The Viacom-owned network has no plans anytime soon to mimic Walt Disney Co., which a year ago unveiled a strict set of nutritional standards and said it would ban ads for noncompliant foods from its child-focused cable channels by 2015.Continue reading...

KFC's Li'l Bucket Looks to Please Kids' Healthy Eating Critics

Posted by Dale Buss on March 29, 2013 05:12 PM

Even green beans can be strategic in the continuing struggle by QSR brands to come up with better-for-you options that are appealing to kids and yet acceptable to nutrition scolds.

KFC made green beans the default option in its new Li'l Bucket kids meal, which is joined in the $3.99 package by a Kentucky Grilled Chicken drumstick, an applesauce pouch from GoGo squeeZ and a Capri Sun Roarin' Water. The new repast aimed at kids also appeals to parents with robust infotainment options such as puzzle games that are attached to the bottom of the bucket lid.

"Green beans are one of the more popular green vegetables with kids," Cynthia Koplos, KFC's senior director of marketing, told brandchannel. "They're already available at almost all of our restaurants." Parents also can choose mashed potatoes or macaroni and cheese as side items in the Li'l Bucket, in place of green beans.Continue reading...

brand news

In the News: Reuters, McKee Foods, Chevy and more

Posted by Dale Buss on March 15, 2013 09:14 AM

In the News

Reuters editor faces charges of helping "Anonymous" hack site when he was with Tribune.

McKee Foods picks up Drakes brand from Hostess.

Chevy chooses McCann for global advertising account.

Boeing strongly defends Dreamliner.

Center for Science in the Public Interest blasts Nickelodeon for airing junk food ads.

Coke seeks world peace via vending machines.

Disney develops unique approach to India.Continue reading...

health matters

Boston Market Shakes Off Table Salt

Posted by Dale Buss on August 22, 2012 05:54 PM

Sodium reduction is the cause du jour among nutritionists and policymakers who want to keep pushing the American diet in a better-for-you direction. The latest federal guidelines call for huge reductions in sodium content across the food chain to help battle hypertension and other maladies, and implicitly to make food taste less appealing -- and thereby to curb consumption.

Boston Market has just struck the latest in what is sure to become a growing list of blows against sodium input by crowing about plans to remove salt shakers from the guest tables at all 476 of its locations; you'll have to go to the beverage areas to get a shaker. It's also unveiling plans to cut sodium in signature dishes.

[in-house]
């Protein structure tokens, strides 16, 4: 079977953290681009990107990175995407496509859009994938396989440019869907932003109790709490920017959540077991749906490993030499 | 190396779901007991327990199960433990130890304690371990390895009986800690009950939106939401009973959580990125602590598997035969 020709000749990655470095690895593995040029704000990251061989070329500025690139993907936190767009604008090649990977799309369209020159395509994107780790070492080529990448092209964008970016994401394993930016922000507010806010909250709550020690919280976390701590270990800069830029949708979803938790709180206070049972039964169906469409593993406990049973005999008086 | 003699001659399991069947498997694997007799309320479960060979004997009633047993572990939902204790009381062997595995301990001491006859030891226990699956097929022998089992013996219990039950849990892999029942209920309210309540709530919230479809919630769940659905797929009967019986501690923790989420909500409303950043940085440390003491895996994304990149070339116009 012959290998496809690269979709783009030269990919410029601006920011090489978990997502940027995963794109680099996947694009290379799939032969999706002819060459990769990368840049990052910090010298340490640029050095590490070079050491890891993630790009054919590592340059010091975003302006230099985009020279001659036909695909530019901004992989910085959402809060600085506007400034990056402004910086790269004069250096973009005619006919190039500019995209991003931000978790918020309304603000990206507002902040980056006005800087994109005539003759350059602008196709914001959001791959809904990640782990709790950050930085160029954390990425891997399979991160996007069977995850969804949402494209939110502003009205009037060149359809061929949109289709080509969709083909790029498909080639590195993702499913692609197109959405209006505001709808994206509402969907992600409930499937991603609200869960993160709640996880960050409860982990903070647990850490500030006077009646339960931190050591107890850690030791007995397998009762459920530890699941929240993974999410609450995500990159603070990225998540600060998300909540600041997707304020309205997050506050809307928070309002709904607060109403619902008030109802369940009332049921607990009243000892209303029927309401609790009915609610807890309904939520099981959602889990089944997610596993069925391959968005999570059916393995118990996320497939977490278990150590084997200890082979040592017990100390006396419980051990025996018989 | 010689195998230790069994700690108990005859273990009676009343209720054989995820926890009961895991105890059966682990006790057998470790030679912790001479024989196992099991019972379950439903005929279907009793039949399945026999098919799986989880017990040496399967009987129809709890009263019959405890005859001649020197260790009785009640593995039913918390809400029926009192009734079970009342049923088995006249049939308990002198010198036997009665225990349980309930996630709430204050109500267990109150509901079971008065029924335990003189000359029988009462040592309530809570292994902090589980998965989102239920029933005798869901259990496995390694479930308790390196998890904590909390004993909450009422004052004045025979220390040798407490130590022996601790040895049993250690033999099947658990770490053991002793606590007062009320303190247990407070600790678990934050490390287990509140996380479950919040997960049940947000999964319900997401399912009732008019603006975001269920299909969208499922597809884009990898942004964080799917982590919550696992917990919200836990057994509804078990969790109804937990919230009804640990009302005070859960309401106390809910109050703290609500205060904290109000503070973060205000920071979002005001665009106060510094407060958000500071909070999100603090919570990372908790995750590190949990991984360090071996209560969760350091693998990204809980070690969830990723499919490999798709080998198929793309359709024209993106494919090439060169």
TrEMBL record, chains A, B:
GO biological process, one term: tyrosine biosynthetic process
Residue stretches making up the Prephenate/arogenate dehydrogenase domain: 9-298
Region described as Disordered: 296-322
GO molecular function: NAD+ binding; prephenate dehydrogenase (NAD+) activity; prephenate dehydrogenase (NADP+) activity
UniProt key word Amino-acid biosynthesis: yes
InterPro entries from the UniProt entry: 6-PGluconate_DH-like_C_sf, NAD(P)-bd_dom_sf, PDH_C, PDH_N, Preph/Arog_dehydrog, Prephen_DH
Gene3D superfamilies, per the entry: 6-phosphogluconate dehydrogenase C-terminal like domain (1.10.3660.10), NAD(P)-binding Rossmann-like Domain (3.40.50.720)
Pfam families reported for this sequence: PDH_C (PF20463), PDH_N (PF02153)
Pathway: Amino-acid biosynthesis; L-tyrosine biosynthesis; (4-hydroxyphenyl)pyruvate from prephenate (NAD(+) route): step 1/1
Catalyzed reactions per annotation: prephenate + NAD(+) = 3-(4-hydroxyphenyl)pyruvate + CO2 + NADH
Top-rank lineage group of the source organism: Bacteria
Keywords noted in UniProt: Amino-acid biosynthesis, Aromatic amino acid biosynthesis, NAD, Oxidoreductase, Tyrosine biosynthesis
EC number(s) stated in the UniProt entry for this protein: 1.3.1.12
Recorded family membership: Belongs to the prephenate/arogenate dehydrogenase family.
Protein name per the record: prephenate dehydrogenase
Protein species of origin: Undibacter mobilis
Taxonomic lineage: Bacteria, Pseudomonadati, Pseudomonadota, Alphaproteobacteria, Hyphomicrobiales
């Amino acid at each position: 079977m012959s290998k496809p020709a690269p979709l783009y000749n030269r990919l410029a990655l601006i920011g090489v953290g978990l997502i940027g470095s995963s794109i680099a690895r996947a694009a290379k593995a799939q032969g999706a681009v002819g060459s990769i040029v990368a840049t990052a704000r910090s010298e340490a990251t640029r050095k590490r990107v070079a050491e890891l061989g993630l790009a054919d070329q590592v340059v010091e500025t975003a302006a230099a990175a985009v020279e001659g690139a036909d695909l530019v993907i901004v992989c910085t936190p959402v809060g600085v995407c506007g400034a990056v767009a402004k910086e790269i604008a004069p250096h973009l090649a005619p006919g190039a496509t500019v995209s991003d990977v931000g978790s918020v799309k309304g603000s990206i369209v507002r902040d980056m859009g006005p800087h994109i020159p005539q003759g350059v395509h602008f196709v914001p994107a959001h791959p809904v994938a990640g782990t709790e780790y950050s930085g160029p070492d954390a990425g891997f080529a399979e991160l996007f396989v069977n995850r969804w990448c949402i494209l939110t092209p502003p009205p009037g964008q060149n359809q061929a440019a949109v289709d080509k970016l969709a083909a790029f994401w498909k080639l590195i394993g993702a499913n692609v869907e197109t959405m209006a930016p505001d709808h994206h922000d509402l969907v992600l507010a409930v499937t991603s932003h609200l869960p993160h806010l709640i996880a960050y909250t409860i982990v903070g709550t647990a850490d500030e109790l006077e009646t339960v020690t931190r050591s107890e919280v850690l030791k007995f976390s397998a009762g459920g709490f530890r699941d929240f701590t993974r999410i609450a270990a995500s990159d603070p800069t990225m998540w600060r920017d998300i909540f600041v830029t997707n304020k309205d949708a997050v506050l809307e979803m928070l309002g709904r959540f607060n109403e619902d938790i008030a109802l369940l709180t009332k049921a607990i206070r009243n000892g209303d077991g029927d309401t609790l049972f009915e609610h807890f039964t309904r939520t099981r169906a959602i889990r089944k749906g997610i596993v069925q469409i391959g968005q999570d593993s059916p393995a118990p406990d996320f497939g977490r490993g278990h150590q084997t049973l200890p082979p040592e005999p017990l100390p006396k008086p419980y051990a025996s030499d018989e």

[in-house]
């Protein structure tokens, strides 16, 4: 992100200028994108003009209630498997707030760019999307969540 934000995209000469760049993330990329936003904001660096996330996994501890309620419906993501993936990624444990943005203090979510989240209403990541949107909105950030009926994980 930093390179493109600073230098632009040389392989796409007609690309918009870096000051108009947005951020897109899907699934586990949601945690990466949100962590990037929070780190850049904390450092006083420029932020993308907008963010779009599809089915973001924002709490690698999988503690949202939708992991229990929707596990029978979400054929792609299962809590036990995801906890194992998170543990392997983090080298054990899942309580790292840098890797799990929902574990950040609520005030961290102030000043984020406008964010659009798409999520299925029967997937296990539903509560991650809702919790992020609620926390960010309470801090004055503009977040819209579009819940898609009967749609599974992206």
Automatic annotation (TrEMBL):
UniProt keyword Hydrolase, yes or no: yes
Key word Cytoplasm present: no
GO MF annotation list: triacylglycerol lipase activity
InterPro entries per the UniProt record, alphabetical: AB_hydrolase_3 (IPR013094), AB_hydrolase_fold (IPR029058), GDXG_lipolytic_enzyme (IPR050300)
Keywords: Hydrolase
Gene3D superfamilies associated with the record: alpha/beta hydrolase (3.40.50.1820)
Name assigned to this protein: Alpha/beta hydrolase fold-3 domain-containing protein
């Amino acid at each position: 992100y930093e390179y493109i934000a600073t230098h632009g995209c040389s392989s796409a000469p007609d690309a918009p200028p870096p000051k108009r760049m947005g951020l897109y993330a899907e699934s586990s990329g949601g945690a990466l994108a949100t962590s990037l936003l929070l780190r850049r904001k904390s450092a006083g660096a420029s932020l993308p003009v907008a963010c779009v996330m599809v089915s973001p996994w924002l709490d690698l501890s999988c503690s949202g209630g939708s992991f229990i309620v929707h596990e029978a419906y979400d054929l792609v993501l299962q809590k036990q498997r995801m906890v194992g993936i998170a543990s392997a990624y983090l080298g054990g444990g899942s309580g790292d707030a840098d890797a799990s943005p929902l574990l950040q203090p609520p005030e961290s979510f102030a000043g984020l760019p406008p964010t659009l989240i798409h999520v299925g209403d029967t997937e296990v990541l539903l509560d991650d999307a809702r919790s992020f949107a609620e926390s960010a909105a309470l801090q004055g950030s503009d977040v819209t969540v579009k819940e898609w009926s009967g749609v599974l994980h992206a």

Clearing salt shakers from tables is a largely symbolic gesture, since relatively little of the salt that Americans consume comes right out of the shaker. Still, food-regulating interests hailed Boston Market's gambit. "I haven't heard of any other restaurant doing that," said Michael Jacobson, executive director of the Center for Science in the Public Interest, presumingly approvingly, to USA Today. Continue reading...

health matters

Brown Out: FDA Lobbied to Ban Colas' Caramel Coloring Over Cancer Concerns

Posted by Mark J. Miller on March 8, 2012 11:58 AM

When the news came out of the state of California a year ago that the stuff that makes your cola beverage brown has been linked to cancer, there were a number of consumers that likely didn’t put their change into the vending machine that day.

The amount of that compound (4-methylimidazole, or 4-MEI) in soda would cause the state to need to put warning labels on all of its cans, NPR reports. This, in turn, led to the Washington, D.C.-based Center for Science in the Public Interest (CSPI) to lobby the U.S. Food and Drug Administration to “ban ammonia-sulfite caramel color,” according to NPR. Coke Clear, anyone?

While the cola companies and caramel manufacturers are obviously stating that there is no validity to these claims, the FDA is also chiming in that this could be much ado about not much. In any event, Coca-Cola and PepsiCo, which account for almost 90% of the U.S. soda market, have tweaked their formulas in compliance with the Californian law — averting the need to add a cancer warning label.Continue reading...